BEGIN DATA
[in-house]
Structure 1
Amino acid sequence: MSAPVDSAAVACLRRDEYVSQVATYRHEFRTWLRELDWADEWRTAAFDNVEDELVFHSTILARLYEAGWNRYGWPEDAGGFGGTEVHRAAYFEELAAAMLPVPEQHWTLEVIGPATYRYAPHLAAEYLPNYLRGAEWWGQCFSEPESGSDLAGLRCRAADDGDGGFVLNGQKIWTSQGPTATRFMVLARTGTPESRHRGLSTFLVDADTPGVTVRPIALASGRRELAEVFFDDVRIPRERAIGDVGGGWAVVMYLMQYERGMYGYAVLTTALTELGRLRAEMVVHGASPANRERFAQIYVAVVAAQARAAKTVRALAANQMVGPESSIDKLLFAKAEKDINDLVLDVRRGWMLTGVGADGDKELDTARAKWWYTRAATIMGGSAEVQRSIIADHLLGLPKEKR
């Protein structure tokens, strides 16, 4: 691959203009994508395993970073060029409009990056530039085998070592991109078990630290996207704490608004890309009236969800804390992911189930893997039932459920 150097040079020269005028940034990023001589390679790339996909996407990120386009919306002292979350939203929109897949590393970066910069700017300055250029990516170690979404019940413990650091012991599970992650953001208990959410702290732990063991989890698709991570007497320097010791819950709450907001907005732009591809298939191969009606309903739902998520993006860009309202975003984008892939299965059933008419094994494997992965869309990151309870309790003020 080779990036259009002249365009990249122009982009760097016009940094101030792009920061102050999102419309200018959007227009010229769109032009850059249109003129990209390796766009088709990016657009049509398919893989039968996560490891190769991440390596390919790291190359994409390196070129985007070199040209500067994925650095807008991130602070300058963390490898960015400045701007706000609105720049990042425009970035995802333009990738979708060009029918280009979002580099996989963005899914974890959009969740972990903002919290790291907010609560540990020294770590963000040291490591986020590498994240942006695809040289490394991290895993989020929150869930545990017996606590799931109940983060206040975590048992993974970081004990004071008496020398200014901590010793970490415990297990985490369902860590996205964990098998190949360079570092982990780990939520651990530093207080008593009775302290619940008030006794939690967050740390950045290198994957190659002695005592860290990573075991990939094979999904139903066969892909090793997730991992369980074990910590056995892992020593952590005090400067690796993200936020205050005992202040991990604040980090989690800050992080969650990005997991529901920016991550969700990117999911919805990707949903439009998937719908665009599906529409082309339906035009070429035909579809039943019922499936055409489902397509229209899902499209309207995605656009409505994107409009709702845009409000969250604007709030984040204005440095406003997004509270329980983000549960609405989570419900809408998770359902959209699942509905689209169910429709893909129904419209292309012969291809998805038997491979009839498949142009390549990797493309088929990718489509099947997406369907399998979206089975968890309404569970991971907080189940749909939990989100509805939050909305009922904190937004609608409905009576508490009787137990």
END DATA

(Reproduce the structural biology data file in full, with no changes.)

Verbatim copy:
[in-house]
Structure 1
Amino acid sequence: MSAPVDSAAVACLRRDEYVSQVATYRHEFRTWLRELDWADEWRTAAFDNVEDELVFHSTILARLYEAGWNRYGWPEDAGGFGGTEVHRAAYFEELAAAMLPVPEQHWTLEVIGPATYRYAPHLAAEYLPNYLRGAEWWGQCFSEPESGSDLAGLRCRAADDGDGGFVLNGQKIWTSQGPTATRFMVLARTGTPESRHRGLSTFLVDADTPGVTVRPIALASGRRELAEVFFDDVRIPRERAIGDVGGGWAVVMYLMQYERGMYGYAVLTTALTELGRLRAEMVVHGASPANRERFAQIYVAVVAAQARAAKTVRALAANQMVGPESSIDKLLFAKAEKDINDLVLDVRRGWMLTGVGADGDKELDTARAKWWYTRAATIMGGSAEVQRSIIADHLLGLPKEKR
């Protein structure tokens, strides 16, 4: 691959203009994508395993970073060029409009990056530039085998070592991109078990630290996207704490608004890309009236969800804390992911189930893997039932459920 150097040079020269005028940034990023001589390679790339996909996407990120386009919306002292979350939203929109897949590393970066910069700017300055250029990516170690979404019940413990650091012991599970992650953001208990959410702290732990063991989890698709991570007497320097010791819950709450907001907005732009591809298939191969009606309903739902998520993006860009309202975003984008892939299965059933008419094994494997992965869309990151309870309790003020 080779990036259009002249365009990249122009982009760097016009940094101030792009920061102050999102419309200018959007227009010229769109032009850059249109003129990209390796766009088709990016657009049509398919893989039968996560490891190769991440390596390919790291190359994409390196070129985007070199040209500067994925650095807008991130602070300058963390490898960015400045701007706000609105720049990042425009970035995802333009990738979708060009029918280009979002580099996989963005899914974890959009969740972990903002919290790291907010609560540990020294770590963000040291490591986020590498994240942006695809040289490394991290895993989020929150869930545990017996606590799931109940983060206040975590048992993974970081004990004071008496020398200014901590010793970490415990297990985490369902860590996205964990098998190949360079570092982990780990939520651990530093207080008593009775302290619940008030006794939690967050740390950045290198994957190659002695005592860290990573075991990939094979999904139903066969892909090793997730991992369980074990910590056995892992020593952590005090400067690796993200936020205050005992202040991990604040980090989690800050992080969650990005997991529901920016991550969700990117999911919805990707949903439009998937719908665009599906529409082309339906035009070429035909579809039943019922499936055409489902397509229209899902499209309207995605656009409505994107409009709702845009409000969250604007709030984040204005440095406003997004509270329980983000549960609405989570419900809408998770359902959209699942509905689209169910429709893909129904419209292309012969291809998805038997491979009839498949142009390549990797493309088929990718489509099947997406369907399998979206089975968890309404569970991971907080189940749909939990989100509805939050909305009922904190937004609608409905009576508490009787137990």